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Listeria 101: learn the basics of the cantaloupe contaminant

October 5th, 2011 10:29 am by Pat Everheart

You think you’re safe with those precooked, factory sealed hot dogs that you’ve dutifully kept refrigerated and somebody still gets sick. Maybe it wasn’t even from eating the hot dogs — if you heated them properly. Maybe it was the raw carrots that got a little too close to the juice from hot dog package.

Listeria bacteria are sneaky that way. They can lurk in processing plants for years and get into the foods between factory cooking and factory packaging and don’t seem to be bothered by refrigeration. While the bacteria are in your refrigerator, they can ride the drips that seep through openings in package and contaminate your carefully washed carrots. Or they can lie in wait on the counter or cutting board.

Fortunately, most of us can consume contaminated food without getting sick. Others have to be extra cautious. Pregnant women, people with weakened immune systems and people with illnesses such as diabetes, alcoholism or liver and kidney disease.

So far, Tennessee has been free of listeriosis from the Colorado cantaloupe contamination outbreak that has killed 15 and sickened 84 people in 19 states.

The Centers for Disease Control and Prevention says more illnesses could still be reported because up to two months can elapse between eating contaminated food and developing listeriosis. All the illnesses have been traced to Jensen Farm’s Rocky Ford brand of cantaloupes, which voluntarily recalled the produce Sept. 14.

The recalled cantaloupes may be labeled “Colorado Grown,” “Distributed by Frontera Produce,” “  ” or “Sweet Rocky Fords.” Not all of the recalled cantaloupes are labeled with a sticker, the Food and Drug Administration said. The company said it shipped out more than 300,000 cases of cantaloupes that contained five to 15 melons, meaning the recall involved 1.5 million to 4.5 million pieces of fruit.

Tennessee was listed in the recall, but Tennessee Department of Agriculture spokesman Tom Womack said the outbreak hasn’t really affected the state.

Womack said the recall information has been passed to department inspectors who have made sure both retail and wholesale food establishments across the state are aware of it.

“We encourage them to check the sources of their product to be sure that it’s not a part of the recall and if they cannot determine the source with some degree of confidence we are urging them to take that off the shelf,” he said.

Womack said that’s a good rule of thumb for consumers, too.

With the outbreak in the news, now’s a good time to learn the basics about the sneaky little culprit.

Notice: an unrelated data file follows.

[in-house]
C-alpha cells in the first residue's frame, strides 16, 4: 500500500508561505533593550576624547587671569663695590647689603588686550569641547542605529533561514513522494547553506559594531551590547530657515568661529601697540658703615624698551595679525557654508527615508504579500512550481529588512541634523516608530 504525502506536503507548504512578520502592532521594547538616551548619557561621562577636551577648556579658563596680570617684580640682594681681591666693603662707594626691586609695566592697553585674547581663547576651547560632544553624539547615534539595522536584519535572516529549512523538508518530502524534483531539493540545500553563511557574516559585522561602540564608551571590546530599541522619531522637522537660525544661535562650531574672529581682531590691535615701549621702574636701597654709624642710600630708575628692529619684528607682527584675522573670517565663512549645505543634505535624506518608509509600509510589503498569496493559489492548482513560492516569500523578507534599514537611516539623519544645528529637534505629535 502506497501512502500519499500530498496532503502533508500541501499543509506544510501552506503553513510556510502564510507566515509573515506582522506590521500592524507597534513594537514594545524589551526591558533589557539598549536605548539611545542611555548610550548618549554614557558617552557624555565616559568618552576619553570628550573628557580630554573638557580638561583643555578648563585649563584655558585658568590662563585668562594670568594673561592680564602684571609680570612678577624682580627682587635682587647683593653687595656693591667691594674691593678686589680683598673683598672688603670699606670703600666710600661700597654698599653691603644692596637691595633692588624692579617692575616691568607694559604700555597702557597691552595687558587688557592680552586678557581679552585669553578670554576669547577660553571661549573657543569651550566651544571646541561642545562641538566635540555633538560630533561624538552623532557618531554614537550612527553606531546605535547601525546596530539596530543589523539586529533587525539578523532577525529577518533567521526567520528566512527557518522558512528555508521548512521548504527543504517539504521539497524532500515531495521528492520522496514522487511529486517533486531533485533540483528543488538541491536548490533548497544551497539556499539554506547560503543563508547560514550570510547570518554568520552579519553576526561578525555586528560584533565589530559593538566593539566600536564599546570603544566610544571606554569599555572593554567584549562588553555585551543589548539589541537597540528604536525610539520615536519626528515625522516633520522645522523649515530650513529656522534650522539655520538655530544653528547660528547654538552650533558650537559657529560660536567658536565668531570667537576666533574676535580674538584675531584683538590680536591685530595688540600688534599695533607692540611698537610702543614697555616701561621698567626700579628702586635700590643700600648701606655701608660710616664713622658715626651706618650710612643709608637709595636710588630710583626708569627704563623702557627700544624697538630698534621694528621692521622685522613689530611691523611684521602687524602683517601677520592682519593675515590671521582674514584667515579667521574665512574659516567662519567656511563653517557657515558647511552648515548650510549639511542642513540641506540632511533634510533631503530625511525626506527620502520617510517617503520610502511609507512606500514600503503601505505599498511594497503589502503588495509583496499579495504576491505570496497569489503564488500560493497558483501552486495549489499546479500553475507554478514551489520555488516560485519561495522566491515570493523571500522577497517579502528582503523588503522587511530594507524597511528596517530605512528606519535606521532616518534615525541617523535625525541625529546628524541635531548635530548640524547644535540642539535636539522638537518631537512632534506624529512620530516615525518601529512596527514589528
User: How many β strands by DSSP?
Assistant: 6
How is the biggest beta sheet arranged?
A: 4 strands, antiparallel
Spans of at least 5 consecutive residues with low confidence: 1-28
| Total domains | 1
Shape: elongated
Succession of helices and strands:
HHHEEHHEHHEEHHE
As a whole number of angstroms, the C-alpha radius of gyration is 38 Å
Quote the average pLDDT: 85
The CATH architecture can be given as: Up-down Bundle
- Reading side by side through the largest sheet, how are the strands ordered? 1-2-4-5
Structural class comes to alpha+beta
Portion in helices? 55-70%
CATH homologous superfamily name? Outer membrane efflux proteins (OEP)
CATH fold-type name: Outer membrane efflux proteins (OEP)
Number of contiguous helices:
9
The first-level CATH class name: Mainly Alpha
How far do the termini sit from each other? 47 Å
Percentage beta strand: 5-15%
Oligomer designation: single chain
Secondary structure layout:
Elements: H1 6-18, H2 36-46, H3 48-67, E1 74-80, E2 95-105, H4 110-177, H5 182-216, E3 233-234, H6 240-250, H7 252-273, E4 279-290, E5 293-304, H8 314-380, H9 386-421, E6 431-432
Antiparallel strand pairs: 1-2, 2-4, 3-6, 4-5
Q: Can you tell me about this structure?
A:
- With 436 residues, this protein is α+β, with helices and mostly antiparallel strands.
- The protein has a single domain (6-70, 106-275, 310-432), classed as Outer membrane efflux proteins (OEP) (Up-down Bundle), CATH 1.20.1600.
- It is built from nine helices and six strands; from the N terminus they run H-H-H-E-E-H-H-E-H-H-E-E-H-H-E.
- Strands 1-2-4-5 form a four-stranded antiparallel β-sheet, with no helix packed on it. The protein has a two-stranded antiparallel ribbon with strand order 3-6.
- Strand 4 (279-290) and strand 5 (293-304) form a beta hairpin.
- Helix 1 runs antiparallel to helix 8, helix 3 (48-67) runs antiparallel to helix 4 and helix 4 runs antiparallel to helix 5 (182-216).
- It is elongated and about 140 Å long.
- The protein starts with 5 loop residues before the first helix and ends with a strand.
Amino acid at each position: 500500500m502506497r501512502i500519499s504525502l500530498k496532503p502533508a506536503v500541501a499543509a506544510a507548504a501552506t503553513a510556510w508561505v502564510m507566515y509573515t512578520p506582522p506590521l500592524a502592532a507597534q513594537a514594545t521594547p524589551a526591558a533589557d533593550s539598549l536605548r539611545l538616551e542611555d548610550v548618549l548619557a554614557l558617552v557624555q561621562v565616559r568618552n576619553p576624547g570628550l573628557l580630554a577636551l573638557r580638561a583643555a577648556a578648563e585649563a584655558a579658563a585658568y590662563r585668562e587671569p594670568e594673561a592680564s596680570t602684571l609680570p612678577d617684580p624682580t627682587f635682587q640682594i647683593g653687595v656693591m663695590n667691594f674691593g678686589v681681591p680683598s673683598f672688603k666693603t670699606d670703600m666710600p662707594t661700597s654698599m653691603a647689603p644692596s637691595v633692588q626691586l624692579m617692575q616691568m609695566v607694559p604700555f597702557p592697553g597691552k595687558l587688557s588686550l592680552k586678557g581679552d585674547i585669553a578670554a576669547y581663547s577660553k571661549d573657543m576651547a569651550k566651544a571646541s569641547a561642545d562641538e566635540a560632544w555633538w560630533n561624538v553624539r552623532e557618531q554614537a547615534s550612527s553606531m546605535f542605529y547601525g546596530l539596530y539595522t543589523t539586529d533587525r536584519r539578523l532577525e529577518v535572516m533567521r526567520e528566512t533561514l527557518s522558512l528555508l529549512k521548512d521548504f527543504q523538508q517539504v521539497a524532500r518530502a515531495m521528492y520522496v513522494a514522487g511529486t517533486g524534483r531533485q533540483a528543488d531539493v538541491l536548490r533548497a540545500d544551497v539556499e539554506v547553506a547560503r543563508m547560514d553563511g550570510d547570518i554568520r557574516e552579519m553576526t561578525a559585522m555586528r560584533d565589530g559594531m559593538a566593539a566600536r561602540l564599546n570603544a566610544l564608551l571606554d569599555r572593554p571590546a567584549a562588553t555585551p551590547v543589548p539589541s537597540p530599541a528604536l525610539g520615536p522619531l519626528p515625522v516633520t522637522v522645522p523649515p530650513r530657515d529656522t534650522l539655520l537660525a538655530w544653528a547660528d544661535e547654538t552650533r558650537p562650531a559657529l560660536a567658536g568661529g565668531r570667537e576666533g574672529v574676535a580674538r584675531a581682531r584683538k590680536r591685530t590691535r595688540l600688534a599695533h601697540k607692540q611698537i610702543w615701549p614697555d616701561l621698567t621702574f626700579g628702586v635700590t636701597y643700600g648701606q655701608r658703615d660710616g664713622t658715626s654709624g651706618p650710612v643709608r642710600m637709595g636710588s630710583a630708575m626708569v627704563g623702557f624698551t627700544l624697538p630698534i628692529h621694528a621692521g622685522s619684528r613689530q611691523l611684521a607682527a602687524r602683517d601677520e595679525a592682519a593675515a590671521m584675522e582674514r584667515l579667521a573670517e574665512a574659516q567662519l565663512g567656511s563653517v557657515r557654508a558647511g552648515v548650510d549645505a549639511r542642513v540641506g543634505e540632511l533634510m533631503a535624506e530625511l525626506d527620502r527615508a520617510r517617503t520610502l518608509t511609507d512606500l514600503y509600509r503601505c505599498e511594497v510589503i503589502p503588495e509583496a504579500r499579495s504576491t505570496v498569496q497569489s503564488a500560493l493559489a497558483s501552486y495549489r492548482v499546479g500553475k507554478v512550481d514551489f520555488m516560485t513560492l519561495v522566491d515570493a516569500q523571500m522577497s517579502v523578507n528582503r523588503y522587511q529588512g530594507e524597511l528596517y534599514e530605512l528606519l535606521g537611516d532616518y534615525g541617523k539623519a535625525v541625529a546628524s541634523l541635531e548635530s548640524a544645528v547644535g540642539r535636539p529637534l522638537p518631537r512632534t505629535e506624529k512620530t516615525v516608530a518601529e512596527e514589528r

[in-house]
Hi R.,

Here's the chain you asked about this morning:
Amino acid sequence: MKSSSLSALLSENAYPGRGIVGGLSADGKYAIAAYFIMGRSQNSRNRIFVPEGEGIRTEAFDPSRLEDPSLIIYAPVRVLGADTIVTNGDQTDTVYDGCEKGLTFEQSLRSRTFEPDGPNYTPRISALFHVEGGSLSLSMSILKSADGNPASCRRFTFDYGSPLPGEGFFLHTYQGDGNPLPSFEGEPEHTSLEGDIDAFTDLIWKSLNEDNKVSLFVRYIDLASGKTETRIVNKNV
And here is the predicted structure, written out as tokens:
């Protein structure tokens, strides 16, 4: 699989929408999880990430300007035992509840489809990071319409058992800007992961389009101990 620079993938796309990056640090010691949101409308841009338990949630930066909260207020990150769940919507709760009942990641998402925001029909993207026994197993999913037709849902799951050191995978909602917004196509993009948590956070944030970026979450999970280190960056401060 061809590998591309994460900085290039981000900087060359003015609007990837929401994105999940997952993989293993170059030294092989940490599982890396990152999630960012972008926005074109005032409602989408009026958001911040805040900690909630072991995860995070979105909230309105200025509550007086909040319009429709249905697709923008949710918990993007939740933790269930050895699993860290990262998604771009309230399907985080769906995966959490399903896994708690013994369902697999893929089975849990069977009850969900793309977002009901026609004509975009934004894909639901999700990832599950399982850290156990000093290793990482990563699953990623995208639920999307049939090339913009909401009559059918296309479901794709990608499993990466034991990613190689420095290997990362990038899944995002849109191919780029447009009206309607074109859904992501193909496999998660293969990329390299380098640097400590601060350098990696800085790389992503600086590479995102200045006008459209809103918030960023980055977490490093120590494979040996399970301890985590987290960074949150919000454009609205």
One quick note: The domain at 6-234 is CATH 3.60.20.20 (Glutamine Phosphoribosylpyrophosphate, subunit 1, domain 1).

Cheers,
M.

Recommendations for people at high risk, such as pregnant women and people with weakened immune systems include:

— Do not eat hot dogs, luncheon meats, cold cuts, other deli meats (e.g., bologna) or fermented or dry sausages unless they are heated to an internal temperature of 165°F or until steaming hot just before serving.
— Avoid getting fluid from hot dog and lunch meat packages on other foods, utensils and food preparation surfaces, and wash hands after handling hot dogs, luncheon meats, and deli meats.
— Do not eat refrigerated pâté or meat spreads from a deli or meat counter or from the refrigerated section of a store. Foods that do not need refrigeration, like canned or shelf-stable pâté and meat spreads, are safe to eat. Refrigerate after opening.

— Do not eat soft cheese such as feta, queso blanco, queso fresco, brie, Camembert, blue-veined or panela (queso panela) unless it is labeled as made with pasteurized milk. Make sure the label says, “MADE WITH PASTEURIZED MILK.”
— Do not eat refrigerated smoked seafood, unless it is contained in a cooked dish, such as a casserole or unless it is a canned or shelf-stable product. Refrigerated smoked seafood, such as salmon, trout, whitefish, cod, tuna, and mackerel, is most often labeled as “nova-style,” “lox,” “kippered” “smoked” or “jerky.” These fish are typically found in the refrigerator section or sold at seafood and deli counters of grocery stores and delicatessens. Canned and shelf stable tuna, salmon and other fish products are safe to eat.
Listeriosis, a serious infection usually caused by eating food contaminated with the bacterium Listeria monocytogenes. It primarily affects older adults, pregnant women, newborns and adults with weakened immune systems. However, rarely, persons without these risk factors can also be affected. The risk may be reduced by following a few simple recommendations.
• Thoroughly cook raw food from animal sources, such as beef, pork, or poultry to a safe internal temperature.
• Rinse raw fruits and vegetables thoroughly under running tap water before eating.
• Keep uncooked meats and poultry separate from vegetables and from cooked foods and ready-to-eat foods.
• Do not drink raw (unpasteurized) milk, and do not eat foods that have unpasteurized milk in them.
• Wash hands, knives, countertops and cutting boards after handling and preparing uncooked foods.
• Consume perishable and ready-to-eat foods as soon as possible.
A person with listeriosis usually has fever and muscle aches, sometimes preceded by diarrhea or other gastrointestinal symptoms. Almost everyone who is diagnosed with listeriosis has “invasive” infection, in which the bacteria spread beyond the gastrointestinal tract. The symptoms vary with the infected person:

• Pregnant women typically experience only a mild, flu-like illness. However, infections during pregnancy can lead to miscarriage, stillbirth, premature delivery or life-threatening infection of the newborn.

• Persons other than pregnant women: Symptoms, in addition to fever and muscle aches, can include headache, stiff neck, confusion, loss of balance and convulsions.

Sources: FDA, CDC

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